Are Your Check Transactions Secure Enough?

Published date01 November 2013
AuthorJ. Ralph Byington,Jo Ann McGee
Date01 November 2013
© 2013 Wiley Periodicals, Inc.
Published online in Wiley Online Library (
DOI 10.1002/jcaf.21902
Jo Ann McGee and J. Ralph Byington
According to the
Association of
Certified Fraud
Examiners (ACFE),
asset misappropriation
involves the misuse or
theft of an organiza-
tion’s assets (ACFE,
2012). This type of
white-collar crime
(WCC) can be subdi-
vided into two types:
(a) noncash misappropriations
such as inventory or equipment;
and (b) cash misappropriations
(CMs), which includes cur-
rency, checks, and money orders.
Clearly, cash is the most com-
monly targeted asset. The ACFE
reported in its 2010 Report to
the Nations on Occupational
Fraud and Abuse that the mis-
use or theft of cash represented
85% of asset misappropriations
with the median cost of cash
schemes varying from $23,000
to $131,000 based on the type of
scheme (ACFE, 2010).
Reports of CMs by dis-
honest employees appear in
the press on a daily basis. As
examples, recent stories involve
embezzlements of: (a) $500,000
by a former synagogue president
(Glista, 2013), (b) $482,144 by an
Cash misappropriations—which include currency,
checks, and money orders—is the most com-
mon target of white-collar criminals. And check
tampering is one of their most common methods.
This article explains the different types of check
tampering schemes that dishonest employees
use—and how to prevent and detect them.
© 2013 Wiley Periodicals, Inc.
Are Your Check Transactions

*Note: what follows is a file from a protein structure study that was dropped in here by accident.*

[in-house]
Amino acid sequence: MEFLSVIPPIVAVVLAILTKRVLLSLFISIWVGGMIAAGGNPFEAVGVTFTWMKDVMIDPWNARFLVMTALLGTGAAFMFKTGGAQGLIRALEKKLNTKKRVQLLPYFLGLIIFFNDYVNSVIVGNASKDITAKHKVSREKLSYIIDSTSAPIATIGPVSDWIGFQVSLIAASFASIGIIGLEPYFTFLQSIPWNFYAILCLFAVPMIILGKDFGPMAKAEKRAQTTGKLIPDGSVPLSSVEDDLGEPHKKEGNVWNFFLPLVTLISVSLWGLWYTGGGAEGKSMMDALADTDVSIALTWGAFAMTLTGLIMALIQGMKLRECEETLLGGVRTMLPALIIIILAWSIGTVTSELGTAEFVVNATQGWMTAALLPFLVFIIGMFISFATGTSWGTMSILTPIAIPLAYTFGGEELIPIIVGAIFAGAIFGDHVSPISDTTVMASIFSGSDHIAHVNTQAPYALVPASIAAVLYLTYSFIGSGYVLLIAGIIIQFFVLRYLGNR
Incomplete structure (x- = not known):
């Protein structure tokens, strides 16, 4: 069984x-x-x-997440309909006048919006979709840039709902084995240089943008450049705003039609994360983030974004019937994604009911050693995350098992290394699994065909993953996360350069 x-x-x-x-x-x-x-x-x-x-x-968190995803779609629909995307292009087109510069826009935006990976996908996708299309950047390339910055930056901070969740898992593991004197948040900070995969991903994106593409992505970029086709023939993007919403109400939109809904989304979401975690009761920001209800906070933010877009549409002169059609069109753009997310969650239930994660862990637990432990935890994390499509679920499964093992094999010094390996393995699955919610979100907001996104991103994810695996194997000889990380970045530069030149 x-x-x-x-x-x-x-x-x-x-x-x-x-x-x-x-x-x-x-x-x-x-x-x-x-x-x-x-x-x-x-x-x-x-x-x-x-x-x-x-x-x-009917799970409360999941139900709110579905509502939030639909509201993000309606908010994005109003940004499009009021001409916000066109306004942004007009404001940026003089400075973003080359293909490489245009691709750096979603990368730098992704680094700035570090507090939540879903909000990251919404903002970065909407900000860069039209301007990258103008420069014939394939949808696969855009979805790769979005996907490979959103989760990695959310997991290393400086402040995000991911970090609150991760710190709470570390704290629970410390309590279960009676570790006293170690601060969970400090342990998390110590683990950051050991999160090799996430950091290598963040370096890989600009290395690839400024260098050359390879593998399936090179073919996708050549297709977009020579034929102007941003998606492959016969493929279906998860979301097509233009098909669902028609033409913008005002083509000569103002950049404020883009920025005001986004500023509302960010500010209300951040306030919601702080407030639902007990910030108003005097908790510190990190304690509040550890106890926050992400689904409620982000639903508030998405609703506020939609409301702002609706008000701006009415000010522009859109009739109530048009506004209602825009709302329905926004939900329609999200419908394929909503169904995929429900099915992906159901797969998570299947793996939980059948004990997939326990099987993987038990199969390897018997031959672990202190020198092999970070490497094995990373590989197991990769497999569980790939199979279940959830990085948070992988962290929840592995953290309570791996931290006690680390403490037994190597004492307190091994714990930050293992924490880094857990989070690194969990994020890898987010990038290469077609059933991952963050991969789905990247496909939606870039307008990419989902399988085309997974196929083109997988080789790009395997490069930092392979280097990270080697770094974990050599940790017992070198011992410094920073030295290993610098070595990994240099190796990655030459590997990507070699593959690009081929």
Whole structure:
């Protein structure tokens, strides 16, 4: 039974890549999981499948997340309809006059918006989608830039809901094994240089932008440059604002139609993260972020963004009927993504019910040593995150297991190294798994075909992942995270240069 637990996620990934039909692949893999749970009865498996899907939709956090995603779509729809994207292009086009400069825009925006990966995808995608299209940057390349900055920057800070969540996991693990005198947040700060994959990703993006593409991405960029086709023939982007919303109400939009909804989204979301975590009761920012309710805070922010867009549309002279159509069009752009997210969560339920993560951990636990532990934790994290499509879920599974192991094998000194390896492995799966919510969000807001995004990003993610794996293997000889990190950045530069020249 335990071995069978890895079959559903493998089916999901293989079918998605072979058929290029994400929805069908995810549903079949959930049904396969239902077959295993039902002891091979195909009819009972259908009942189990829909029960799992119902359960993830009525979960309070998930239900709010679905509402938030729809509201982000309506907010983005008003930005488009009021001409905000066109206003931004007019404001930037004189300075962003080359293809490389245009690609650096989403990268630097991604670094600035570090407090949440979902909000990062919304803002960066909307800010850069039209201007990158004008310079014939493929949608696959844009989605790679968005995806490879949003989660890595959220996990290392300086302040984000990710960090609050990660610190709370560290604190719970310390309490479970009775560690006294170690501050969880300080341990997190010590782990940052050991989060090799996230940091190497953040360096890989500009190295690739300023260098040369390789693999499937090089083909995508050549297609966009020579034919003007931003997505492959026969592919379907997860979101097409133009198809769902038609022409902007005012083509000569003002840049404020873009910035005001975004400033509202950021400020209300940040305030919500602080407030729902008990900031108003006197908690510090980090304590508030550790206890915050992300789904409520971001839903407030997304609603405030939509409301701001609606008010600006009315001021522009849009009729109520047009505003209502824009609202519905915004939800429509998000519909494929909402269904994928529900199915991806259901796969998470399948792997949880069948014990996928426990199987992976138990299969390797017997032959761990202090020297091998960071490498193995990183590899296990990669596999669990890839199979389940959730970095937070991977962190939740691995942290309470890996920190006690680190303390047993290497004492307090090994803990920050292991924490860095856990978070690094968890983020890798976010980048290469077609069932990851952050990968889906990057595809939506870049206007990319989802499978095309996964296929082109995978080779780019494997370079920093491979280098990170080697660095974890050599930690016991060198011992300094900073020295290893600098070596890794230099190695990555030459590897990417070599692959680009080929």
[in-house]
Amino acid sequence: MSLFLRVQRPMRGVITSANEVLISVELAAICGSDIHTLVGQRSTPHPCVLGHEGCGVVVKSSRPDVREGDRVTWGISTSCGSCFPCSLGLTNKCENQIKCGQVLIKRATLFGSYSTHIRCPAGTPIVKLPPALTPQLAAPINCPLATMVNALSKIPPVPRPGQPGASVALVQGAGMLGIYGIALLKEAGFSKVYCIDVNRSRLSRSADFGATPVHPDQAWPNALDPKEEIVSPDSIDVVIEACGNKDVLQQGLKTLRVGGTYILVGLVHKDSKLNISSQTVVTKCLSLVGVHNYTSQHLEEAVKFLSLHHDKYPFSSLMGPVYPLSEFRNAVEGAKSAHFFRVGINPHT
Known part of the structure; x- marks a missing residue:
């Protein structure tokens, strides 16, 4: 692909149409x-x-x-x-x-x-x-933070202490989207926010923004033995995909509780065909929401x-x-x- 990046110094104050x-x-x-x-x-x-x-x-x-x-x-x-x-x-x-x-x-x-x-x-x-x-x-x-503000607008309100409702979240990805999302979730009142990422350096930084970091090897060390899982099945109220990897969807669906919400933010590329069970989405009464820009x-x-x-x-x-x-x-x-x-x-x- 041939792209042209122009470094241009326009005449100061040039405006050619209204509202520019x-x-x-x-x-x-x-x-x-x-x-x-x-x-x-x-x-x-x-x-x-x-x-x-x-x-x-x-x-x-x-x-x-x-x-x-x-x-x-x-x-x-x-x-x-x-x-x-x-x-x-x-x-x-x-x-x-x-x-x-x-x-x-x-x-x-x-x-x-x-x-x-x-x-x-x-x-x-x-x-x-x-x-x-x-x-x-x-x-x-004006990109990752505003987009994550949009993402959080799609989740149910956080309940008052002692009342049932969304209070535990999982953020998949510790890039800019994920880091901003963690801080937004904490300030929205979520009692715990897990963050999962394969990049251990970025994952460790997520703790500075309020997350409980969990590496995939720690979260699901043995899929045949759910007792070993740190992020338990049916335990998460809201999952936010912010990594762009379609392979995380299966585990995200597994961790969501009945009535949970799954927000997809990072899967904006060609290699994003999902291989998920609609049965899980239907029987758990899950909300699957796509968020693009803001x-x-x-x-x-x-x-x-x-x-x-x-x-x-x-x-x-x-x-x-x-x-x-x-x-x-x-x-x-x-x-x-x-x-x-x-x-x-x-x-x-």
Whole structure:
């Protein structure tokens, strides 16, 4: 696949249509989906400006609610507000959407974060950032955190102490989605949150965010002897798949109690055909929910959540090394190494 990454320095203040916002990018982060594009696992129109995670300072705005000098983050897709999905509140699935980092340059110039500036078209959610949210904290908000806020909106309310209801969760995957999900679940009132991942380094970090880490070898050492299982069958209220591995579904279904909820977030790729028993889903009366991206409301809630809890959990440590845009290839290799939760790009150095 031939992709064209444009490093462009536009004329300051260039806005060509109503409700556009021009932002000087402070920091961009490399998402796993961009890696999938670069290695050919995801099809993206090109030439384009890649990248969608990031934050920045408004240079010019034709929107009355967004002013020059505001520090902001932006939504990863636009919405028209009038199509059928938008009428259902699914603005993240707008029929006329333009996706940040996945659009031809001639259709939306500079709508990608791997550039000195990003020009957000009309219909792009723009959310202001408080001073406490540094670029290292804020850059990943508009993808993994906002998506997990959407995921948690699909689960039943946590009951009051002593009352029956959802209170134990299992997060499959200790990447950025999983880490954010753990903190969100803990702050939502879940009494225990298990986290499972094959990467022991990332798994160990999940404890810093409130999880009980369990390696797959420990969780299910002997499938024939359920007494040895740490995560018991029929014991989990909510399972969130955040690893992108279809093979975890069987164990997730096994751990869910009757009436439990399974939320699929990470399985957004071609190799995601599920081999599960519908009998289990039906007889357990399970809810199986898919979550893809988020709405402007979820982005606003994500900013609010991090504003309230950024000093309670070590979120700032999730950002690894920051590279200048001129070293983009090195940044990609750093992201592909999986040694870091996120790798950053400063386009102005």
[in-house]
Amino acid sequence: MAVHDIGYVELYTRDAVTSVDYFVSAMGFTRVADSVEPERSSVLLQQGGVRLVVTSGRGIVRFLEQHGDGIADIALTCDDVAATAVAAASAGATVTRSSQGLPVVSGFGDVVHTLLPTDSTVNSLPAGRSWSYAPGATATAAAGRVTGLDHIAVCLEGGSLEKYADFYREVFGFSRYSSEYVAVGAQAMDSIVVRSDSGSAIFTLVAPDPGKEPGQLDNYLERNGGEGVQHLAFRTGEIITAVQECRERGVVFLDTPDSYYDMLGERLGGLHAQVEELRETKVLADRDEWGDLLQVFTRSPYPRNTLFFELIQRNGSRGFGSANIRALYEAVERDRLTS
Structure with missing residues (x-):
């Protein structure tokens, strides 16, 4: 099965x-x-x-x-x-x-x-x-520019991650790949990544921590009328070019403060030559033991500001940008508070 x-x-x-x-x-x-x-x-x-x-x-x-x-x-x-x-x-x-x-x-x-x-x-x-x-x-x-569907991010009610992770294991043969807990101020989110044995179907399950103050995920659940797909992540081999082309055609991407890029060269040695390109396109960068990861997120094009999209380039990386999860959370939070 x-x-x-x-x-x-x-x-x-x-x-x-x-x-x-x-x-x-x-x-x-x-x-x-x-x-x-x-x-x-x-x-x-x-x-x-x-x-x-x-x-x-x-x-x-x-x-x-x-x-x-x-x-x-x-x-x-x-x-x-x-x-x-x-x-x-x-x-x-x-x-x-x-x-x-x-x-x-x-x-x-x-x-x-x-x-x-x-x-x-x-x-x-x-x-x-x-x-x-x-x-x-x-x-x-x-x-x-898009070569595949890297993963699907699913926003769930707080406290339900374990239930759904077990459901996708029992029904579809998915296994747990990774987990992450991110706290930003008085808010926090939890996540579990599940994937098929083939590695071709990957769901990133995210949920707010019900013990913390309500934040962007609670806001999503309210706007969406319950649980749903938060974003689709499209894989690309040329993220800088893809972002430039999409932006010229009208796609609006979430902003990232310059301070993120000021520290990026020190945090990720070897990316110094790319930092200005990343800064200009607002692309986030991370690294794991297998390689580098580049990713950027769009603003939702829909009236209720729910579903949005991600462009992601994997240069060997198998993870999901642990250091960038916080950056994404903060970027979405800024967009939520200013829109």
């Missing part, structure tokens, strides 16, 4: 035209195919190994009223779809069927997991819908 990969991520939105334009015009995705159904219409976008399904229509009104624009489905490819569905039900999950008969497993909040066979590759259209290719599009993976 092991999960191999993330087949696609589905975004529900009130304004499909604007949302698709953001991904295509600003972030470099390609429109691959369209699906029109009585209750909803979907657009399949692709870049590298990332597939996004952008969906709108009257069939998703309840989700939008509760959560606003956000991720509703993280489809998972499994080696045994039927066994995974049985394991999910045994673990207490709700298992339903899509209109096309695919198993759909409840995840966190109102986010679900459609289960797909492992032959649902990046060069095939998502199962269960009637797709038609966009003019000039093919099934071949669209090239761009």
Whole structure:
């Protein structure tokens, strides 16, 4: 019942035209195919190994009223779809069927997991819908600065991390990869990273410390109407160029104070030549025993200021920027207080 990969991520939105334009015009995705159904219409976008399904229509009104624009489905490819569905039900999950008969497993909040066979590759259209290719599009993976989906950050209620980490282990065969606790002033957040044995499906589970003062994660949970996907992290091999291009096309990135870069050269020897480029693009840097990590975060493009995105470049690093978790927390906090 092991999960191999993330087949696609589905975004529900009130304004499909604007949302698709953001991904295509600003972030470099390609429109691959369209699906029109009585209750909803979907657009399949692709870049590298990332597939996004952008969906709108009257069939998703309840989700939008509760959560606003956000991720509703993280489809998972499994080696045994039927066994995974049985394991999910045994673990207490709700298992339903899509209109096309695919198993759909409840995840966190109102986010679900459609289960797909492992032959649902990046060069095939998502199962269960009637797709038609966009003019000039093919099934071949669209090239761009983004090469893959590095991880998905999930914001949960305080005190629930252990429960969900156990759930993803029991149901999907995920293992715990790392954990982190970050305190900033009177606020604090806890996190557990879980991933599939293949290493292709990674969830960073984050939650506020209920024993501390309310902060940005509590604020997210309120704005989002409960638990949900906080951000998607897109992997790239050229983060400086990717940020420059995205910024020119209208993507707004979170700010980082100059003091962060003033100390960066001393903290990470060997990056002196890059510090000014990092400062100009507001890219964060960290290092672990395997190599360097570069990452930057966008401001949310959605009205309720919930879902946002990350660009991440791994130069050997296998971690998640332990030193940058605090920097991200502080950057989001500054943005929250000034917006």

Secure Enough?
American Red Cross employee
(Griffin, 2012), and (c) $500,000
by a Trident Seafoods employee
(Barrett, 2013). One of the most
common methods employed
by the perpetrators of this type
of WCC is check tampering.
Therefore, the question begs, are
your check transactions secure
enough? The purpose of this
article is to make the chief execu-
tive officer (CEO), chief financial
officer (CFO), and the treasurer
aware of the types of check tam-
pering (CT) schemes being per-
petrated by dishonest employees,
as well as how to prevent and
how to detect CT schemes.
Cash misappropriation
schemes are generally divided
into three catego-
ries: (a) fraudulent
disbursements, (b)
skimming, and (c)
cash larceny. Of the
three categories,
fraudulent dis-
bursements occur
most often (ACFE,
2012). Fraudulent
disbursements occur
when the perpetra-
tor causes the organization to
disburse funds through some
device or trick. For example, the
American Red Cross employee
doubled her salary through
the use of technology. She also
manipulated vacation and com-
pensation time to increase her
paycheck (Griffin, 2012).
Examples of fraudulent
disbursements may occur in bill-
ing, payroll, check tampering,
expense reimbursement, and
register disbursement schemes.
Check tampering schemes are
unique among fraud disburse-
ments because the fraud per-
petrator actually prepares the
check, while the other schemes
rely on trickery in that the
company is fooled into making
a payment to the perpetrator
(Albrecht, Albrecht, & Albrecht,

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